This study aimed to determine the effectiveness of treatments for patients with chronic complaints following an ankle sprain. While most people recover completely after a lateral inversion ankle injury, a considerable percentage have persistent complaints. At this time, it is still not clear which treatment options are best for these patients. A search was made in major databases as Pubmed, Embase, Cinahl and PEDro selecting RCTs and CCTs covering the period 1966 to October 2012. Because of clinical heterogeneity, data were analysed using a best-evidence synthesis. In all, 20 randomized controlled trials and 1 controlled clinical trial were included. These compared different treatments (training programs, physiotherapy, chiropractic/manual therapy, surgery, postoperative training and functional treatment). Limited to moderate evidence was found for effectiveness of a training program compared to conservative treatment, with respect to pain and function. Two studies found a decrease of recurrences after a proprioceptive training program. In four studies different surgical methods exhibited good results, but without comparing to a non-surgical control group. Limited evidence was found for the effectiveness of an early mobilizing program after surgery.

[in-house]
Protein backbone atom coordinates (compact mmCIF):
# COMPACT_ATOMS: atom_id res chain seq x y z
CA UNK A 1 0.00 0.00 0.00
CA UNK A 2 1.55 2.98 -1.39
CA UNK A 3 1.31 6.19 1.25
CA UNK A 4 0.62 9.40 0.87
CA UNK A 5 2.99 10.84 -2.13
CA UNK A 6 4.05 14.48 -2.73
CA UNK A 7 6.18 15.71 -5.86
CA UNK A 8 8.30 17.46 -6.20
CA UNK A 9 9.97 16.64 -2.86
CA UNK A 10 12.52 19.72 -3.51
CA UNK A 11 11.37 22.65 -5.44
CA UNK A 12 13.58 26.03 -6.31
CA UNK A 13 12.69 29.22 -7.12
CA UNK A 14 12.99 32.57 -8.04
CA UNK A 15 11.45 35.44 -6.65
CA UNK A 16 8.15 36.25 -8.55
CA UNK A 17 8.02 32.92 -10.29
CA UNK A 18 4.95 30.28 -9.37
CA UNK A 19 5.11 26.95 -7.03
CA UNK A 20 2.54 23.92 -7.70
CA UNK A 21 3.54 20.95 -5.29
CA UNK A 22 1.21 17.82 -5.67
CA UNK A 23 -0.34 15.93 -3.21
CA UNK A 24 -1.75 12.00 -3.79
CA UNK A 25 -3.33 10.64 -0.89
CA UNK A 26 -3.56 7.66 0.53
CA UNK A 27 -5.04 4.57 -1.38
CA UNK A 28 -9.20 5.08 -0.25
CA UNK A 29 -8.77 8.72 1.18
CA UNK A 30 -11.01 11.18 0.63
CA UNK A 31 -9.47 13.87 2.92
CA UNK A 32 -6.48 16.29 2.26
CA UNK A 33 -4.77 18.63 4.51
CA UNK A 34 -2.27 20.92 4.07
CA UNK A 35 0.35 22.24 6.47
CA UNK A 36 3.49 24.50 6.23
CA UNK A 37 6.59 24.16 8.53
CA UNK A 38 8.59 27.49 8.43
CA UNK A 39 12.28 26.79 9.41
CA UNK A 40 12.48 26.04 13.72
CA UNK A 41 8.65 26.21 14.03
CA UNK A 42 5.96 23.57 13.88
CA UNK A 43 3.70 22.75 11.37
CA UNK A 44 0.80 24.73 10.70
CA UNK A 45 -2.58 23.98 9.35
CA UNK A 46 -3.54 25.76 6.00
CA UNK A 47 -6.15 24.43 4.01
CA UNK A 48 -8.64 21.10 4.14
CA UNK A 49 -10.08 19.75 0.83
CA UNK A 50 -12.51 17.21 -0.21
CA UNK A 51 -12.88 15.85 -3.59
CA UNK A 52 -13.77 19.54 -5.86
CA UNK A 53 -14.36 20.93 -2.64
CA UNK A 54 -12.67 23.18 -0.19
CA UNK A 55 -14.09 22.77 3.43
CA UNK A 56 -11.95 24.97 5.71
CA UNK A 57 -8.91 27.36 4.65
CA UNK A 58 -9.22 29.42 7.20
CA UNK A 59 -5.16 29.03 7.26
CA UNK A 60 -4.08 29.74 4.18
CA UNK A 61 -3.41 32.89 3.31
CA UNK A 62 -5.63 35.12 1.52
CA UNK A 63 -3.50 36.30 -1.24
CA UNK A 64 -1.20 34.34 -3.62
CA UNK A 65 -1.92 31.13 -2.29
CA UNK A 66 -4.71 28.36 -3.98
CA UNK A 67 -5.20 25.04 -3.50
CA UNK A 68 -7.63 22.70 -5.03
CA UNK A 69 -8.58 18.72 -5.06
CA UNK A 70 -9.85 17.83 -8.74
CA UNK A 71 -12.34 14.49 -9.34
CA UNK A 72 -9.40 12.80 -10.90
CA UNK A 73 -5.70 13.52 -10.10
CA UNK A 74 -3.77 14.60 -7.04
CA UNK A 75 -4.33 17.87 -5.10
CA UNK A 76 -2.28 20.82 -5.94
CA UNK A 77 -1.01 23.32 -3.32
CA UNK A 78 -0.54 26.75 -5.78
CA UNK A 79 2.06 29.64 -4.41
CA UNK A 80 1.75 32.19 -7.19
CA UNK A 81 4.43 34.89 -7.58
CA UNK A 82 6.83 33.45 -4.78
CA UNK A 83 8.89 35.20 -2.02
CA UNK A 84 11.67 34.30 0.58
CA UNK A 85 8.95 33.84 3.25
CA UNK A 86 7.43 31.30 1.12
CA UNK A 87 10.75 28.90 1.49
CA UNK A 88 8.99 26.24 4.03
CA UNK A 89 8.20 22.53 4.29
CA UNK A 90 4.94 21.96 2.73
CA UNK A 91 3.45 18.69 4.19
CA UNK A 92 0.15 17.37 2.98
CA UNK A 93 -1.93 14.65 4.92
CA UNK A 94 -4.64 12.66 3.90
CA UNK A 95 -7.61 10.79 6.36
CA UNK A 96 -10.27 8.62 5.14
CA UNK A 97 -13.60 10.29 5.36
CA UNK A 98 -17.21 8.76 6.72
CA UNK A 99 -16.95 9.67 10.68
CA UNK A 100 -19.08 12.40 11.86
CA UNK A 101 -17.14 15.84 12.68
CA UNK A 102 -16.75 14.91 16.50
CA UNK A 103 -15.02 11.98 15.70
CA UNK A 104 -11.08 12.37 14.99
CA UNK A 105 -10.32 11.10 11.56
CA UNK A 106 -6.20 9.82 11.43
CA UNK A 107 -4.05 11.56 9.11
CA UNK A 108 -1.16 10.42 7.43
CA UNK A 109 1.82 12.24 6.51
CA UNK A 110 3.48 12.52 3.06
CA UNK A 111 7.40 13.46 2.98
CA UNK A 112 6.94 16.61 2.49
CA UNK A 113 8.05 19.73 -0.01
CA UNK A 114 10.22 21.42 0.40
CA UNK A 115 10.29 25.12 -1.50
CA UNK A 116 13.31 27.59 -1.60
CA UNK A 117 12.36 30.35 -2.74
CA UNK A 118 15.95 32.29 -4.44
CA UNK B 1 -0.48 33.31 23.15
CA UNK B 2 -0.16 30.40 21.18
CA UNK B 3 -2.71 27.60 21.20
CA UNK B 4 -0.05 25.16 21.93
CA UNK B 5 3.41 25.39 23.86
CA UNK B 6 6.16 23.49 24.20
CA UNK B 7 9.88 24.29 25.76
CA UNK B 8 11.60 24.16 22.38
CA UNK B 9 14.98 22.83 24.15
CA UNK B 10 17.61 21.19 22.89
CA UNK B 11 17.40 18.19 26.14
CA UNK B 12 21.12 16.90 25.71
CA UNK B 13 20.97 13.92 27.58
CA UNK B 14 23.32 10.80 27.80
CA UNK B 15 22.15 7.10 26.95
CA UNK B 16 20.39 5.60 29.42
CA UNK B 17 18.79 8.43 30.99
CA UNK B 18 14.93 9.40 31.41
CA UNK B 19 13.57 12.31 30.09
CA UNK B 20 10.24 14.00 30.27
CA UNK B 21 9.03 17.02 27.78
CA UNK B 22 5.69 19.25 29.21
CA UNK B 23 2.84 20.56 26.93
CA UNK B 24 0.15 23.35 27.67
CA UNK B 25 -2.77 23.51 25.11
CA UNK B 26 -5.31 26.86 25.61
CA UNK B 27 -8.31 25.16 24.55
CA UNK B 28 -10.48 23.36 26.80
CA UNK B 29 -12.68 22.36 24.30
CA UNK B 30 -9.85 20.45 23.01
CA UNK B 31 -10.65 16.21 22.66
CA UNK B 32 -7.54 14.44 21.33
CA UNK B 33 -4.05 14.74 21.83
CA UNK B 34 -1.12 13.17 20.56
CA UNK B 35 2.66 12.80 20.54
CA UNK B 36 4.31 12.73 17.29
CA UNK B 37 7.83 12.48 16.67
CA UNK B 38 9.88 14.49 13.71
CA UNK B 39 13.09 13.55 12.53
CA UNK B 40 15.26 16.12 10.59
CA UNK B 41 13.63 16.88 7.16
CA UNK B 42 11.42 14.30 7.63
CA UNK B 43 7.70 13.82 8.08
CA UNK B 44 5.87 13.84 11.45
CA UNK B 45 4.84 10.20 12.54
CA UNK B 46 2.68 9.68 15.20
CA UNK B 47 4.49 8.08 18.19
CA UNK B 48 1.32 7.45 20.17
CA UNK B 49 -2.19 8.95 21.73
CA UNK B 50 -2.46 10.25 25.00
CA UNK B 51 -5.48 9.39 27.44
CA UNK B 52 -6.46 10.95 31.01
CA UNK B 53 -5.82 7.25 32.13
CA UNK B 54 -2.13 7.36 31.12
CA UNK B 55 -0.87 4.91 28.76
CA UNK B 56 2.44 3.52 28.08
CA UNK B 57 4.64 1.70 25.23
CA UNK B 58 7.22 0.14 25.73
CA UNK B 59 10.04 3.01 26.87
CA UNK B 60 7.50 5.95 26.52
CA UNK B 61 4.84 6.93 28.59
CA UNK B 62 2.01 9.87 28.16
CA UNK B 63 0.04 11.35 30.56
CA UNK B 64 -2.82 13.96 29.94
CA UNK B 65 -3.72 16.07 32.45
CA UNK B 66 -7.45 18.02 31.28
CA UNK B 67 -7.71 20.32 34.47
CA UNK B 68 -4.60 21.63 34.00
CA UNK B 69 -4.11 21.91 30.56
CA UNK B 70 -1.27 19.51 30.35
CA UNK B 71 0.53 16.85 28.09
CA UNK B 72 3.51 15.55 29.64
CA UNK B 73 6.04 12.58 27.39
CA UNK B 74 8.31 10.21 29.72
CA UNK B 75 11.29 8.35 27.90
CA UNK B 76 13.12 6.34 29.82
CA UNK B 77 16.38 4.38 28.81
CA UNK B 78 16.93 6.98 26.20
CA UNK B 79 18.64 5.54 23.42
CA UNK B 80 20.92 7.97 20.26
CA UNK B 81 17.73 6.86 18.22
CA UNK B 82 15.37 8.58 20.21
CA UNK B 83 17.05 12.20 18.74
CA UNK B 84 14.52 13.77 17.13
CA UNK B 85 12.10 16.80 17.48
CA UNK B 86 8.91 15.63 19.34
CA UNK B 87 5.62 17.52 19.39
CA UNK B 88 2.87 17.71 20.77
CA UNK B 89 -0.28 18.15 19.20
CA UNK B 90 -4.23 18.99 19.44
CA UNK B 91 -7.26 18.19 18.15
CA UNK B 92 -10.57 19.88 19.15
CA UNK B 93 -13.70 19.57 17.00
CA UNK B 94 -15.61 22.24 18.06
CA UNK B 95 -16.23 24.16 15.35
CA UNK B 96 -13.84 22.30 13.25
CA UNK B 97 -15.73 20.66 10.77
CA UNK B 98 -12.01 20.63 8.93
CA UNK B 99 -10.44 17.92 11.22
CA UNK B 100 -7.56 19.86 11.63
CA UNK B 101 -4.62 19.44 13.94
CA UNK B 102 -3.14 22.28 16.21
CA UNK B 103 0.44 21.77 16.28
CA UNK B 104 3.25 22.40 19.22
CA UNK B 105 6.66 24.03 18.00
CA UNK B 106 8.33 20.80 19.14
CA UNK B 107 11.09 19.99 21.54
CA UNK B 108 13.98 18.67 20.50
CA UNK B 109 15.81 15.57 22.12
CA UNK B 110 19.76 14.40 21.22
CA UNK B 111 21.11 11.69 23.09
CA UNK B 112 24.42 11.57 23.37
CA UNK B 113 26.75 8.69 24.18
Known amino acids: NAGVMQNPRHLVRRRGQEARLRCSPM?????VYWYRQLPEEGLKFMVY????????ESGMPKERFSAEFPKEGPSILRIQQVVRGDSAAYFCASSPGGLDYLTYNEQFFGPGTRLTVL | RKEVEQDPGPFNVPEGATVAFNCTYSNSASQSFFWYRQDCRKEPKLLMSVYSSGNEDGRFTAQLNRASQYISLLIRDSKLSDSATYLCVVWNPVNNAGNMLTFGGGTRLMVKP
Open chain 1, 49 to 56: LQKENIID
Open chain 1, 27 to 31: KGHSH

In chronic ankle complaints following an ankle sprain, a training program gives superior results for pain and function, and a decrease of recurrent ankle sprains, than a ‘wait and see’ policy. There is insufficient evidence to determine the most effective surgical treatment, but limited evidence indicates that postoperative, early mobilization is more effective than plaster cast.